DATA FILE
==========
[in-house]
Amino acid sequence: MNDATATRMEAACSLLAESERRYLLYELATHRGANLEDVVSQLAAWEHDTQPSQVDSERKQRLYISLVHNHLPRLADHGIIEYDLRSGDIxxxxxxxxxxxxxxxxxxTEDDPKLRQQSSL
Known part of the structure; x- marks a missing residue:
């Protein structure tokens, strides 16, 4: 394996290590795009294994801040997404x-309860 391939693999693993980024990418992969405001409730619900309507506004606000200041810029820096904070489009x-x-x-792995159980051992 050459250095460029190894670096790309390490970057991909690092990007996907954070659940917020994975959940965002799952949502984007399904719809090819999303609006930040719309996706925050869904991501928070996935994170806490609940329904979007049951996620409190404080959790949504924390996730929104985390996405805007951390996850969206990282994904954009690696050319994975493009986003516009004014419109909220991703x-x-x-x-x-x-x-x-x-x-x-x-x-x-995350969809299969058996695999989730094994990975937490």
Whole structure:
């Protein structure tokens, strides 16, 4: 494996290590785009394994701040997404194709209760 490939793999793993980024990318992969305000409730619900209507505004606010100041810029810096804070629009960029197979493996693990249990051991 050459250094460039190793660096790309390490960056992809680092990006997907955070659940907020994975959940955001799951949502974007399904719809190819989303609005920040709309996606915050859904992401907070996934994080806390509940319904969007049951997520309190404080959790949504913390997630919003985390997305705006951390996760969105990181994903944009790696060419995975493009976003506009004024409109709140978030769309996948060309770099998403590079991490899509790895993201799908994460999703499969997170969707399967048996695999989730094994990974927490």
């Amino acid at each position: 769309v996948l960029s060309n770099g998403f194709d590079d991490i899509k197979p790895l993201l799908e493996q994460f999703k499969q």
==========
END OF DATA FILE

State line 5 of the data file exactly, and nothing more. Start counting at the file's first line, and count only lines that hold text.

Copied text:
Whole structure: